Black Sabbath are generally credited as the leading pioneers of heavy metal music, and rightfully so. They took some definite cues from outfits like Led Zeppelin, Deep Purple, and Blue Cheer, but their iconic use of the musical tritone, sinister lyrical content, tuned-down guitars, and darkly blues-inflected weight announced a new, uniquely bleak and heavy sound. However, equally important to the development of the genre (perhaps most notably of its spikes-and-leather aesthetic) are Sabbath’s West Midlands contemporaries, Judas Priest. Although Priest’s arrival was not as immediately seismic as Sabbath’s (while certainly underrated, their 1974 debut Rocka Rolla is no game-changer), the band quickly developed into an innovative and essential heavy metal juggernaut before the 1970s were through (consider Sad Wings of Destiny , Sin After Sin  and the dual release of Stained Class and Killing Machine in 1978). Priest’s influence and power reached a peak in the early 1980s with the release of British Steel (1980) and Screaming for Vengeance (1982) (while sturdy, 1981’s Point of Entry is something of a minor detour).
Alongside Motörhead’s prolific late-seventies and early-eighties output, British Steel served as a launch-pad for the New Wave of British Heavy Metal (NWOBHM), which fully exploded with the emergence of Iron Maiden (one of Priest’s most famous and successful protégés). Two years after British Steel’s release, and at the height of NWOBHM’s cultural prevalence, Screaming for Vengeance saw the band enjoying a new surge in popularity and creative focus. Producer Tom Allom, who previously worked with the group on British Steel, Point of Entry and their 1979 live album Unleashed in the East, helps fine-tune their sound into something that is simultaneously massive and tight.
Distanced from the sprawling, technical, and progressive elements of Sad Wings of Destiny, Sin After Sin, and Stained Class, Priest excavates and crystallizes its most distinctively compelling elements into something hyper-focused on Screaming for Vengeance. Rob Halford executes his trademark hair-raising vocal range and demonstrates lyrical dexterity — from coyly sadomasochistic love ballad “Pain and Pleasure” to rebellious, AC/DC-inflected rockers like “You’ve Got Another Thing Comin’” to riffs on science fiction, fantasy, and horror imagery in “Electric Eye” and “Riding on the Wind”. K. K. Downing and Glenn Tipton elevate their ingenious guitar interplay to deliver crushing heavy metal onslaughts underscored by melodicism, and bassist Ian Hill and drummer Dave Holland provide irresistible rhythmic accompaniment.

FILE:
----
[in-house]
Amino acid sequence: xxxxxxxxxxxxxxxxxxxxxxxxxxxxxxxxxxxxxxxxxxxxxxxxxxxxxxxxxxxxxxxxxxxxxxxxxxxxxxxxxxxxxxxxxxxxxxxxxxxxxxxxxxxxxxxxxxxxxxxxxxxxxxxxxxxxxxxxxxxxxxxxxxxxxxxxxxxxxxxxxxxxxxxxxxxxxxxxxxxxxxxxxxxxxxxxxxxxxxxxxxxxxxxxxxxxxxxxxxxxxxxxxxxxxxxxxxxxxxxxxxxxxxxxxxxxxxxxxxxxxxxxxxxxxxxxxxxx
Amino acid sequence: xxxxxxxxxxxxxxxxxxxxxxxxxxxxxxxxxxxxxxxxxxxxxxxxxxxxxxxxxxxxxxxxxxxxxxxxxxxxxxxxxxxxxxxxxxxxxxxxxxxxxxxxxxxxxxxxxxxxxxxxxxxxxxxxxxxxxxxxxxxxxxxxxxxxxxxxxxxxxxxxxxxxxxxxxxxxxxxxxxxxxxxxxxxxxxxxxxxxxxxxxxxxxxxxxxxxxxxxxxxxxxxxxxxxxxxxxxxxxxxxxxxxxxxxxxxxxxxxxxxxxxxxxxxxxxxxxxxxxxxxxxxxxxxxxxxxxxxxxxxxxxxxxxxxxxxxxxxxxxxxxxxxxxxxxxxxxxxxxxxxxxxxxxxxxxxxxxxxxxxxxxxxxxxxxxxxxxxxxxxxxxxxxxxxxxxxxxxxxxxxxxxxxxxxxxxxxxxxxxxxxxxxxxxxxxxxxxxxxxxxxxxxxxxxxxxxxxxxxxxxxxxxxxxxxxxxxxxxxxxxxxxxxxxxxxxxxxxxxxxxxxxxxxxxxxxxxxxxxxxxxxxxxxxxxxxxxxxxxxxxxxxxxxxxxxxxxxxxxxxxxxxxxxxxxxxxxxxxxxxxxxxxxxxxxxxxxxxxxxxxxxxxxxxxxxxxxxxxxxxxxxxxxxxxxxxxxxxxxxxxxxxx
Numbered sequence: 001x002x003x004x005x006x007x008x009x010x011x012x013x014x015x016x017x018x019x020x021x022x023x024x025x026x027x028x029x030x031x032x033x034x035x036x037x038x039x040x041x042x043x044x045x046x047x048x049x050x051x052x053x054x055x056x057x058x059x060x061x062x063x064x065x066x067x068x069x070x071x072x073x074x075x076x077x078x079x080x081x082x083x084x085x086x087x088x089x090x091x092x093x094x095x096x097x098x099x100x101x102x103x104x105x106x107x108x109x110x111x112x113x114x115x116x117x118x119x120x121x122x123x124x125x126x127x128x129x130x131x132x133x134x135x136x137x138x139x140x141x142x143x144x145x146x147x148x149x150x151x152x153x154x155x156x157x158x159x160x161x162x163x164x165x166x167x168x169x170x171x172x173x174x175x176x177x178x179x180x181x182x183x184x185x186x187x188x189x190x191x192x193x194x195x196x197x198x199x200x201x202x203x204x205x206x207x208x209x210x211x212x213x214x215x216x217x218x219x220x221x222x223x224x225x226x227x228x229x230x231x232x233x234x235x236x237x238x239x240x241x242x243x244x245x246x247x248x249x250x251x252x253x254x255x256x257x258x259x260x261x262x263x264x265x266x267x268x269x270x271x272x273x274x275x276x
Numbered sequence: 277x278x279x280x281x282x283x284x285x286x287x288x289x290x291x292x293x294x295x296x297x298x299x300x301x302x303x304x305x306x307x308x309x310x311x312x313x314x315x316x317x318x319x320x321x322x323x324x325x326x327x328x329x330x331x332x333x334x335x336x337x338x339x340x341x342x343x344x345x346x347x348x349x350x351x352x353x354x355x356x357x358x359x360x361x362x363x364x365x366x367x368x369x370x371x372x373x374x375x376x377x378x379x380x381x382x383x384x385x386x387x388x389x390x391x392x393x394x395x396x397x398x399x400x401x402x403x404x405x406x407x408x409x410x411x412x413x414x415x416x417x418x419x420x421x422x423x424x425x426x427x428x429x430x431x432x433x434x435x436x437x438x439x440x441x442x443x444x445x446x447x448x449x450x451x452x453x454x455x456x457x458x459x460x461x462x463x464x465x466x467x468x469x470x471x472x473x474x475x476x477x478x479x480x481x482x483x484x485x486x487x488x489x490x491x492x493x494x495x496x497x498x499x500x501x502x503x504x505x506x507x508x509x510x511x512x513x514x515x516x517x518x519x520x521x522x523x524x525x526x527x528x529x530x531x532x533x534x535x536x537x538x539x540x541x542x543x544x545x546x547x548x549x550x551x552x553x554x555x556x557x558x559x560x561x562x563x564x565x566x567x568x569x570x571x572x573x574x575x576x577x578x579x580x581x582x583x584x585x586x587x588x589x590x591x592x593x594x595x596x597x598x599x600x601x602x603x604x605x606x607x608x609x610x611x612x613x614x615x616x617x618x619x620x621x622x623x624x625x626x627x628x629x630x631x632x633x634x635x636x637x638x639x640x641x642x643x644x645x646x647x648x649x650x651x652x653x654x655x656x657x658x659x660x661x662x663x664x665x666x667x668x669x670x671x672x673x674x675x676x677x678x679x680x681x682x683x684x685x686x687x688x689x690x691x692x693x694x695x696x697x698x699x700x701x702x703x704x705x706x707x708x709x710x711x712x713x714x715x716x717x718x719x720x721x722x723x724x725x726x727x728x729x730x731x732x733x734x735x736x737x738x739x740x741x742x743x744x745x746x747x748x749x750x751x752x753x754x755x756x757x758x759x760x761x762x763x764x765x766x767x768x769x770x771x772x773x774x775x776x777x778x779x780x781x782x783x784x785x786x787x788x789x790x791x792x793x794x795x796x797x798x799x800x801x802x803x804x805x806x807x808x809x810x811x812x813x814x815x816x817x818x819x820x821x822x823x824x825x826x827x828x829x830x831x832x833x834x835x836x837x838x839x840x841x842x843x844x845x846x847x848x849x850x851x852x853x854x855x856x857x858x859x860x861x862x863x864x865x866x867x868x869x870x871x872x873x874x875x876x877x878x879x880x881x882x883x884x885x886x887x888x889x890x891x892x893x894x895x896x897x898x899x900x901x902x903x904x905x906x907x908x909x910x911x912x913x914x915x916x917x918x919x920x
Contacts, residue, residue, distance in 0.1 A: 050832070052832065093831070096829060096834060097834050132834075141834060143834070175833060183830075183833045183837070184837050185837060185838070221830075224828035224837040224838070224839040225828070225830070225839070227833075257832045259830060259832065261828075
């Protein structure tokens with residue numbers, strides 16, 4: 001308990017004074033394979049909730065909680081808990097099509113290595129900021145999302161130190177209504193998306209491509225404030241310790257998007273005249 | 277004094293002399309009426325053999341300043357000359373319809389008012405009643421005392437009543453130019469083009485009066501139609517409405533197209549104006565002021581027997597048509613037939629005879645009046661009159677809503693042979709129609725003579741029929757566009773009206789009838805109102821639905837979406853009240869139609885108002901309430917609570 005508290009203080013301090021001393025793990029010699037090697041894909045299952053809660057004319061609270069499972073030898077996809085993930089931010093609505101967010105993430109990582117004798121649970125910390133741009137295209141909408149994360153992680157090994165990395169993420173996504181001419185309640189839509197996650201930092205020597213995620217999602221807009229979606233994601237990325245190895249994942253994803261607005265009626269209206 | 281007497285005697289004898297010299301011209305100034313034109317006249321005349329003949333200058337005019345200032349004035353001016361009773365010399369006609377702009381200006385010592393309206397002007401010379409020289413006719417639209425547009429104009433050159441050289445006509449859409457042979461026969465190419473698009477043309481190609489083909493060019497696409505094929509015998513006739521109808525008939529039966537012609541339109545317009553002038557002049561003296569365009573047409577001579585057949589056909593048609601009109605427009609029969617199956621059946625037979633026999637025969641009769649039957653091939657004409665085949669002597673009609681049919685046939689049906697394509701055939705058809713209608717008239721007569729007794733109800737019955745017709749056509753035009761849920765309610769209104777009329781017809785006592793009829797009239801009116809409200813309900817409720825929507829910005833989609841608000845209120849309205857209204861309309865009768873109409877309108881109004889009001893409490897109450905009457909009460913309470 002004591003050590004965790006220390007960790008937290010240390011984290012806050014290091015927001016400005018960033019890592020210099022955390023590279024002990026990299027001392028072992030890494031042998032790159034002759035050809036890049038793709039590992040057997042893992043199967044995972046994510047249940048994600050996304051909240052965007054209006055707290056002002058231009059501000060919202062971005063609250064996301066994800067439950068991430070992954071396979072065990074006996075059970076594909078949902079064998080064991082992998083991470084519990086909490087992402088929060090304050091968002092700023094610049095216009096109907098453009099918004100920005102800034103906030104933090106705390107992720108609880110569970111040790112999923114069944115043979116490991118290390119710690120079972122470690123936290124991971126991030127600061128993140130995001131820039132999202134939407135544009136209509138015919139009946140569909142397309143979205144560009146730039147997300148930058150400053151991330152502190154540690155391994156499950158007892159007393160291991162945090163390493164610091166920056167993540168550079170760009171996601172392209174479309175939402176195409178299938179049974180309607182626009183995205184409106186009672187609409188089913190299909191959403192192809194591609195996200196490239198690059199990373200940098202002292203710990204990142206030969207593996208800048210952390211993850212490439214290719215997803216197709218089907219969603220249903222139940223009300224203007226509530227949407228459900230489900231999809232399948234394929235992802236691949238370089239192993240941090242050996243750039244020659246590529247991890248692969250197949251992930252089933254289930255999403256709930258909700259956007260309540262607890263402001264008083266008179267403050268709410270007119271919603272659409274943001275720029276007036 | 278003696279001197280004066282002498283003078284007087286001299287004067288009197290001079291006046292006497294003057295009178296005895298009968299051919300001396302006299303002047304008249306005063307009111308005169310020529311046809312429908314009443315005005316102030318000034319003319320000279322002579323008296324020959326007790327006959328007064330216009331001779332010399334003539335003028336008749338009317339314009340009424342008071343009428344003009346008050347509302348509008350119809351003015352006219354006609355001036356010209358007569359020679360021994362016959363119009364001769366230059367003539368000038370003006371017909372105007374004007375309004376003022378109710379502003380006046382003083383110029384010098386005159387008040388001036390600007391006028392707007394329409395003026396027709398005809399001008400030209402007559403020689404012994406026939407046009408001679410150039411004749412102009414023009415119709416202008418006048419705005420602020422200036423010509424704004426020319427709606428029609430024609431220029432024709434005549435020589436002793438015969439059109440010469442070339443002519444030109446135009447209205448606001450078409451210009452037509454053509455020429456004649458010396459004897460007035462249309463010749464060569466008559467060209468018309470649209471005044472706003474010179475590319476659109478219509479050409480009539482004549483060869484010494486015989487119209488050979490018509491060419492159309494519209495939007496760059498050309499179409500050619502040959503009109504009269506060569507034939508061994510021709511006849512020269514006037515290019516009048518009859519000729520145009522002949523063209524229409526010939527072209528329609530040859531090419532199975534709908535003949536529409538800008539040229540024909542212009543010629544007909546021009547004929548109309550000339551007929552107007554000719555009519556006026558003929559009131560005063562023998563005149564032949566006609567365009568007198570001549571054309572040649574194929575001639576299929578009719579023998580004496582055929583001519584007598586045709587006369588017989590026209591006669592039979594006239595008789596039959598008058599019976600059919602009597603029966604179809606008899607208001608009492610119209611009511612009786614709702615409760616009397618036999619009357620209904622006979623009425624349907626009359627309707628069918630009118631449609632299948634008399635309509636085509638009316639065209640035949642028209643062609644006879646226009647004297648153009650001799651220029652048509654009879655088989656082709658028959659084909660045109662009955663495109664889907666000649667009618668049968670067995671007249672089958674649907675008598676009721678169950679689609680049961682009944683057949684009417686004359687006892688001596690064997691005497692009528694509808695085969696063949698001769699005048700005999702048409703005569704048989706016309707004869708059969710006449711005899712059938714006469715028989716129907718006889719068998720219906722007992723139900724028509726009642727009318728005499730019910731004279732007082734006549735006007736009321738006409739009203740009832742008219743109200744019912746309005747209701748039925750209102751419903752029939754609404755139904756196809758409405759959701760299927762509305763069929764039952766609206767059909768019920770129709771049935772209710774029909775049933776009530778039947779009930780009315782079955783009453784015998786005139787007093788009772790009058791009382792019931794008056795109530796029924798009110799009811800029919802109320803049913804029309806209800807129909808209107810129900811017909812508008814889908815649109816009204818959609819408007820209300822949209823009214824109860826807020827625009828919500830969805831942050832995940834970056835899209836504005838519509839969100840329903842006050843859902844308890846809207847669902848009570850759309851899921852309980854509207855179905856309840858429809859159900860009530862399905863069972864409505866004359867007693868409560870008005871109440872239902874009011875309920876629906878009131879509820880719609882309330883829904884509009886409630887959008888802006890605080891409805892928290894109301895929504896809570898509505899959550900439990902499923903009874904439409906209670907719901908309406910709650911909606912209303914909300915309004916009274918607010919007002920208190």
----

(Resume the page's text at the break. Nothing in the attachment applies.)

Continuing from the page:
Screaming for Vengeance ranks among heavy metal’s most sonically cohesive and infectious albums, regardless of subgenre. Forgive the absurd hyperbole, but given its distilled concentration of elements, its fierce reworking of pop sensibility, and its placement within the band’s trajectory, Screaming for Vengeance feels something like metal’s answer to Pet Sounds (1966). A comparison between The Beach Boys and Judas Priest might strike some as silly, even sacrilege, but Vengeance stands out by consolidating the catchiest moments from Killing Machine and British Steel within pummelling sonic contexts that sound so much bigger than anything on those two records. Not to mention, its simultaneous emphasis on song structure and evil heaviness has left a permanent imprint on the genre at large.
Part of Kicking the Canon – The Album Canon.